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Thread: Health in the News
14-07-2014, 06:03 PM #1
Health in the News
Just saw this cool article and was gonna PM it, but I thought... why not share with everyone :D
Gut feeling: How intestinal bacteria may influence our moods
Researchers beginning to understand link between gut bacteria and mental health
There is also a cool heat map of people's bodies based on their moods, maybe I'll find it again later :)
One in three Alzheimer's cases preventable, says research
A lot of common risk factors for heart disease on there.
Alzheimer's research in 'major step' towards blood test
Currently it is *clinically* diagnosed empirically in a patient interview combined with a metric called the "Mini Mental Status Examination." The only absolute final confirmation can be made after death, right now. Medical therapy is extremely limited unfortunately.
HIV re-emerges in 'cured' Mississippi girl
This one is interesting on two fronts... one in what the title reads. Two in that there are people with blood and marrow resistant to HIV due to random mutation. It has been mentioned before of the two or three people reported completely cured of HIV, but most people haven't heard of it I think.
Healthy gay men urged to take HIV drugs - WHO
How dead are dead people? Probably the weirdest article of health related ones in a while: The ultimate comeback: Bringing the dead back to life
Malaria parasite 'gets down to the bone'
And lastly for now, a big question: Will today's children die earlier than their parents?
I like reading the titles alone sometimes, it makes me feel like I'm playing SimCity :P
Last edited by rockman29; 14-07-2014 at 06:08 PM.
14-07-2014, 07:15 PM #2
- Join Date
- Jun 2014
- West Coast US
Gut bacteria thing is interesting-- color me skeptical for now. Gut flora are kind of the sexy thing right now. Shouldn't be hard to test in people, let's get some replication. (Link between GI distress and some mental health disorders long recognized, although the causality's always been assumed to go the other way. Always interesting to see directions of causality challenged.)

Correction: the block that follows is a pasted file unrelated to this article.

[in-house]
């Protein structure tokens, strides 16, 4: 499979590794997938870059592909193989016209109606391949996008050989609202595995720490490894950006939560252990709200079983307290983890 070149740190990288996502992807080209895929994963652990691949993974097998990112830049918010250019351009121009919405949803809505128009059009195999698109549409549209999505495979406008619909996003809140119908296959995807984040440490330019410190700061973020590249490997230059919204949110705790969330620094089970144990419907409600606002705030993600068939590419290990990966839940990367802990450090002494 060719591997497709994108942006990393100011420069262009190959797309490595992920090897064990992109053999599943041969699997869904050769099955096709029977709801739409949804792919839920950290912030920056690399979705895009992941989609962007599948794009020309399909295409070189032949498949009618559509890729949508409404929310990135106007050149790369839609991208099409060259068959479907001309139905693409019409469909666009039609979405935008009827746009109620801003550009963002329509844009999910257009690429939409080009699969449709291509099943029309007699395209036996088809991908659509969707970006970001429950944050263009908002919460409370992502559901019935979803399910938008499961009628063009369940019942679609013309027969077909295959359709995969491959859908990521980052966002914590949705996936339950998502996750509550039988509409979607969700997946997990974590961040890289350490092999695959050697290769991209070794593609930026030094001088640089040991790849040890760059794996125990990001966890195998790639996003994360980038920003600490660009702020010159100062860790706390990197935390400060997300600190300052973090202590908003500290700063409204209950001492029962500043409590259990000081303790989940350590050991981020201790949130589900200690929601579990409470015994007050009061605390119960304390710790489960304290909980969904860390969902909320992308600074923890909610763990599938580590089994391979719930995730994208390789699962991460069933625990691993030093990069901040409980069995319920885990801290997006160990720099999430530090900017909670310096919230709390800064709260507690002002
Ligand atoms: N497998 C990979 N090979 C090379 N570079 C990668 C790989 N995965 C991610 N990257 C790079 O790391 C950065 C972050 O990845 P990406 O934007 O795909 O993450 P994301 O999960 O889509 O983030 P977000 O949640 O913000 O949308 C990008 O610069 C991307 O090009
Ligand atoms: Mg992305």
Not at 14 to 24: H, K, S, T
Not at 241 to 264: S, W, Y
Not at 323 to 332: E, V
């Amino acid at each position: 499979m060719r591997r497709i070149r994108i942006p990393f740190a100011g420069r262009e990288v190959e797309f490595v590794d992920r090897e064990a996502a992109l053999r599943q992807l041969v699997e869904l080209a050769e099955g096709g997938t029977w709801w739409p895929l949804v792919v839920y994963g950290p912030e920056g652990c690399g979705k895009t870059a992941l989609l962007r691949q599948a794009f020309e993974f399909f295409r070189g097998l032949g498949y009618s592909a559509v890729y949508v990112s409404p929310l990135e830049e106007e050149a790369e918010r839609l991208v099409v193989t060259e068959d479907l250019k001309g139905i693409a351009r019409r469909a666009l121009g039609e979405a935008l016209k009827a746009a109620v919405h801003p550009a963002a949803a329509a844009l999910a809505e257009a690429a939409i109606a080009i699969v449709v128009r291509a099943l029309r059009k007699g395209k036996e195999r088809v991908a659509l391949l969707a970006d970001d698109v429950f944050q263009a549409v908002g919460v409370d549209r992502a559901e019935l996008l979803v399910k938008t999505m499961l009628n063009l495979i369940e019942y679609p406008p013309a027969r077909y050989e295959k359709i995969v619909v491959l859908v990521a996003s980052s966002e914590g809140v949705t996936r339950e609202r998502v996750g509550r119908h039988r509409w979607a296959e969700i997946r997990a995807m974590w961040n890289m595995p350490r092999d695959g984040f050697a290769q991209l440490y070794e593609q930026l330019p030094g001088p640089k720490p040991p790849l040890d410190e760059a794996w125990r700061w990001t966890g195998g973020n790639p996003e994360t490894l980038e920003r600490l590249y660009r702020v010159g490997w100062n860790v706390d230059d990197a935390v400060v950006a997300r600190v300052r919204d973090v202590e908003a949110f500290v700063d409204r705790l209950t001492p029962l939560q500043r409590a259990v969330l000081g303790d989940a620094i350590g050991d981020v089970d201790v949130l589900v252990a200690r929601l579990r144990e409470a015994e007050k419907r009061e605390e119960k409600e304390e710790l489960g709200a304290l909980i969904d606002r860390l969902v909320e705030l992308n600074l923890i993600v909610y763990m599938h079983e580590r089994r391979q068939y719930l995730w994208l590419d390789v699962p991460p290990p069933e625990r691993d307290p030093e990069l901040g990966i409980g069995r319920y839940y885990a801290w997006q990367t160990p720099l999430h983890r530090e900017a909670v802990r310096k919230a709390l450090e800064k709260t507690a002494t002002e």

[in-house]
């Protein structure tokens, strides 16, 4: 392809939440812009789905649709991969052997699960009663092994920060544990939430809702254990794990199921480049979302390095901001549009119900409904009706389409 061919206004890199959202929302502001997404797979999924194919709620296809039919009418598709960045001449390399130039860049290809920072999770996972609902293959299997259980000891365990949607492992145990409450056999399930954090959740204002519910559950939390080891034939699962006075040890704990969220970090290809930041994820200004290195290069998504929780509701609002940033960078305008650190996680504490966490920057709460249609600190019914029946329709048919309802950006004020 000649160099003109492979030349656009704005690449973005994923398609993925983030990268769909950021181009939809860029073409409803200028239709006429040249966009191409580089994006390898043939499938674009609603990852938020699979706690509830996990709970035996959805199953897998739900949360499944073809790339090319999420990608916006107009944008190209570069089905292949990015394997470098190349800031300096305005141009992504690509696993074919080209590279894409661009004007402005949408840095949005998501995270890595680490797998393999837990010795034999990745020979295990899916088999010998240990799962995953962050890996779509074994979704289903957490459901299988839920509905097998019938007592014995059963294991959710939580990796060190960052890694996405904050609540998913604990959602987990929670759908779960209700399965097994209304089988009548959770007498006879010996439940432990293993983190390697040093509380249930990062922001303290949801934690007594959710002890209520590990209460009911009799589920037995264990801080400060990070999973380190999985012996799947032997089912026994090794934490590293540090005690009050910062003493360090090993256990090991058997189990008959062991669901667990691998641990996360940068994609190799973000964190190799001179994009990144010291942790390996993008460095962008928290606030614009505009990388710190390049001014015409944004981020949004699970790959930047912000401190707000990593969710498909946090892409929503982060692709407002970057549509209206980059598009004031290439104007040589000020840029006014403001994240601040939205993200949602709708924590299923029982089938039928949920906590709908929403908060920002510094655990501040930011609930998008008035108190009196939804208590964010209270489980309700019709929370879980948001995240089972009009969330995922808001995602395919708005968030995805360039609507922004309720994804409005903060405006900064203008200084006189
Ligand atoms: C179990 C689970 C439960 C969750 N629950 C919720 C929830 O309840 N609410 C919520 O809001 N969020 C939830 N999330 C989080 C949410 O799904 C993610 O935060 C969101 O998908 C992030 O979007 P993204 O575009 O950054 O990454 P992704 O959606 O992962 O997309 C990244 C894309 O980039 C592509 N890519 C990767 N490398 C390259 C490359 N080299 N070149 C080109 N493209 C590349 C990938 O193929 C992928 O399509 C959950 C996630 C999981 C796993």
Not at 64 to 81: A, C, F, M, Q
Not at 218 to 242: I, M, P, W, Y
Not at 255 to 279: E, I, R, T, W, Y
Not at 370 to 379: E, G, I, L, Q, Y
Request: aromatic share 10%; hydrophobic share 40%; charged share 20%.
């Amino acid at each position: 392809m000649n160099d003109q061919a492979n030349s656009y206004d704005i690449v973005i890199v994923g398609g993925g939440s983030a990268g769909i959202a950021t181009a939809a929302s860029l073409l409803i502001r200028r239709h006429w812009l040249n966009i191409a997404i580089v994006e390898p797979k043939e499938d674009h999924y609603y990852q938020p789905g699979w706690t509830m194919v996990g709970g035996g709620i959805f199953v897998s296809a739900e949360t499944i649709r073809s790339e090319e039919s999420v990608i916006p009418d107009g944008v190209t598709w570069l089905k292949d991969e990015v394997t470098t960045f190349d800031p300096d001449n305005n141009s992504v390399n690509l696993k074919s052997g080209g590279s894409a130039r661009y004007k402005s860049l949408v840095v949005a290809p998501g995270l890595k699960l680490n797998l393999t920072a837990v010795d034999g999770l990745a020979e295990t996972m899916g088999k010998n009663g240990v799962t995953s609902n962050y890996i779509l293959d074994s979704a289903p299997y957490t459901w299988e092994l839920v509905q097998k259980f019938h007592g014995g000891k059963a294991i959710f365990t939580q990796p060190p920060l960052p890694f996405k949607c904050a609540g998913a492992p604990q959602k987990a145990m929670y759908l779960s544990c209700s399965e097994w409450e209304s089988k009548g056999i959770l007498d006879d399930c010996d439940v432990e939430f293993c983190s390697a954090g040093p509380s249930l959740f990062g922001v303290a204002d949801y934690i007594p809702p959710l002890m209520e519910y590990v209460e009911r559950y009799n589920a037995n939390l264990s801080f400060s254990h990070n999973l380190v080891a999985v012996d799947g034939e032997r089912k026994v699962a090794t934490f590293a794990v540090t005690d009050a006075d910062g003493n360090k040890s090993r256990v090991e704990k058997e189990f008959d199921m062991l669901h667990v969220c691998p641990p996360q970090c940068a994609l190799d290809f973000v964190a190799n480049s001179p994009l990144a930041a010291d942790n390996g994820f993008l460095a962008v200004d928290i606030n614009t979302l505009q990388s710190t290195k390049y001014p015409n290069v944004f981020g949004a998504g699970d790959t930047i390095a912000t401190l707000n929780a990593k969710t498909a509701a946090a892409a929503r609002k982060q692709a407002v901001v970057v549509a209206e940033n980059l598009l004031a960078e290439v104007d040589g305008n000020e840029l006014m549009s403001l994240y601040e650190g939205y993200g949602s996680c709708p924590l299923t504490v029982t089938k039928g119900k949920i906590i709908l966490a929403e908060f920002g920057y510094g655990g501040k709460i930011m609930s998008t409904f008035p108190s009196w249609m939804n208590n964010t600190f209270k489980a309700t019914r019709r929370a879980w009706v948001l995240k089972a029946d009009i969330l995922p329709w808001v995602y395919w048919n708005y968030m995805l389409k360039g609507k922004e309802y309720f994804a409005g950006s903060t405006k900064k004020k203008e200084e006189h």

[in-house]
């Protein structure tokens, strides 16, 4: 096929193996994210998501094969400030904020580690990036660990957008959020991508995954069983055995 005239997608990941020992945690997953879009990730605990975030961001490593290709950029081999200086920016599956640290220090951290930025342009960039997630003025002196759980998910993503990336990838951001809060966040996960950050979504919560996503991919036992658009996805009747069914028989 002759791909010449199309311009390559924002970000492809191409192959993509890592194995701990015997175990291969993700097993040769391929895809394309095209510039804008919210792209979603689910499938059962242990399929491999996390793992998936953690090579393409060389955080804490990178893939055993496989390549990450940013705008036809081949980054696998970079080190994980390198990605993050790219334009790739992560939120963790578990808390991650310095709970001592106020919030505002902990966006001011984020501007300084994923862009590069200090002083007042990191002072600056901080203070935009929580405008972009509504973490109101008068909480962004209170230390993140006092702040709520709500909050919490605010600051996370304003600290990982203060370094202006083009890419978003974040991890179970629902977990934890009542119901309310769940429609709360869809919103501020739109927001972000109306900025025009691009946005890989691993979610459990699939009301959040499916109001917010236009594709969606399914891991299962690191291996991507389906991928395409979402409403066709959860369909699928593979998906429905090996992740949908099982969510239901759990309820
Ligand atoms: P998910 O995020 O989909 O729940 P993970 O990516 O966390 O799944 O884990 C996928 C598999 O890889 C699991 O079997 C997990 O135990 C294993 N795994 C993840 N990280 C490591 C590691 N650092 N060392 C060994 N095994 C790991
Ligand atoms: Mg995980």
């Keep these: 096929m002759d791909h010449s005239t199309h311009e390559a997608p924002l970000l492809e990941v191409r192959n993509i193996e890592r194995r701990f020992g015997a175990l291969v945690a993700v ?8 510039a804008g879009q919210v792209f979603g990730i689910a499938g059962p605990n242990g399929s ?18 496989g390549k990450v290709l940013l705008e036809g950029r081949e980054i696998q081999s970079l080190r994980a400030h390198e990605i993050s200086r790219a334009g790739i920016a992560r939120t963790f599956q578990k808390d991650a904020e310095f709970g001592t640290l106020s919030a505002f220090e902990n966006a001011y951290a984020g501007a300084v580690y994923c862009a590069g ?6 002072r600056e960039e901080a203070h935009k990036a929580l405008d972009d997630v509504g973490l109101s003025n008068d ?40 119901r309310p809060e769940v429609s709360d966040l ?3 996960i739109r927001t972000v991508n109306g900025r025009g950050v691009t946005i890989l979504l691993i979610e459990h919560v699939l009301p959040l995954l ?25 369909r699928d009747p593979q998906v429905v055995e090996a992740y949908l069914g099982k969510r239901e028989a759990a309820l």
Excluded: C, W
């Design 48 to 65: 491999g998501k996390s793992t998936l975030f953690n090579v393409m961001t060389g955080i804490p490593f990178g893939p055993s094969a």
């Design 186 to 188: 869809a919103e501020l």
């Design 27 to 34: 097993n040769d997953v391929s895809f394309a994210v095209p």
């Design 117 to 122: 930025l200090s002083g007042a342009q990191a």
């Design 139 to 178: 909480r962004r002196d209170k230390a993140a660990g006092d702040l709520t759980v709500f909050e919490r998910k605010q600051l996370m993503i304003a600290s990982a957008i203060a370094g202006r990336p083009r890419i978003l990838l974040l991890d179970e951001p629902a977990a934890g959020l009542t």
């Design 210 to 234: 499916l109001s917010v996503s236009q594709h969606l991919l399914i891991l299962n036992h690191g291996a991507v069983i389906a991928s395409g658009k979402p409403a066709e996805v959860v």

Would love to see the Alzheimer's risk factors paper. Article suggests an intervention, but I don't think any occurred? (Just as an aside: all of these big databases make me worry about the future of this kind of research.)
Hadn't heard of Lazarus phenomena previously. And I always find the obesity stuff fascinating.
14-07-2014, 07:29 PM #3
16-07-2014, 12:05 AM #4
16-07-2014, 12:10 AM #5
- Join Date
- Jun 2014
- West Coast US
"Is the Daily Mail the single biggest killer of health-related threads?"
16-07-2014, 01:09 AM #6
In the scope of what is taught, a lot of that is actually very important information, just presented in a very crude way :P
For example, chronic acid reflux may transform into a condition called Barrett's oesophagus, which carries a 1%/year rate of transformation into adenocarcinoma of the esophagus.
The primary method to battle it is not surgery, but to use preventative care to fight it. And antacids are definite in reducing risk of development of Barrett's and adenocarcinoma of the esophagus.
Like that relationship, many of the links are actually incredibly important information that would be great for the public to be aware of, only the actually really important health information is also side-by-side and hidden under the wall of text that also includes some things that just aren't nearly as valuable.
Example is aspirin and cancer risk, it has so much conflicting and probably useless data because it's probably the most readily available medication and is so widely used. But that again just kind of covers up the more definite research with aspirin on other topics where it is very valuable.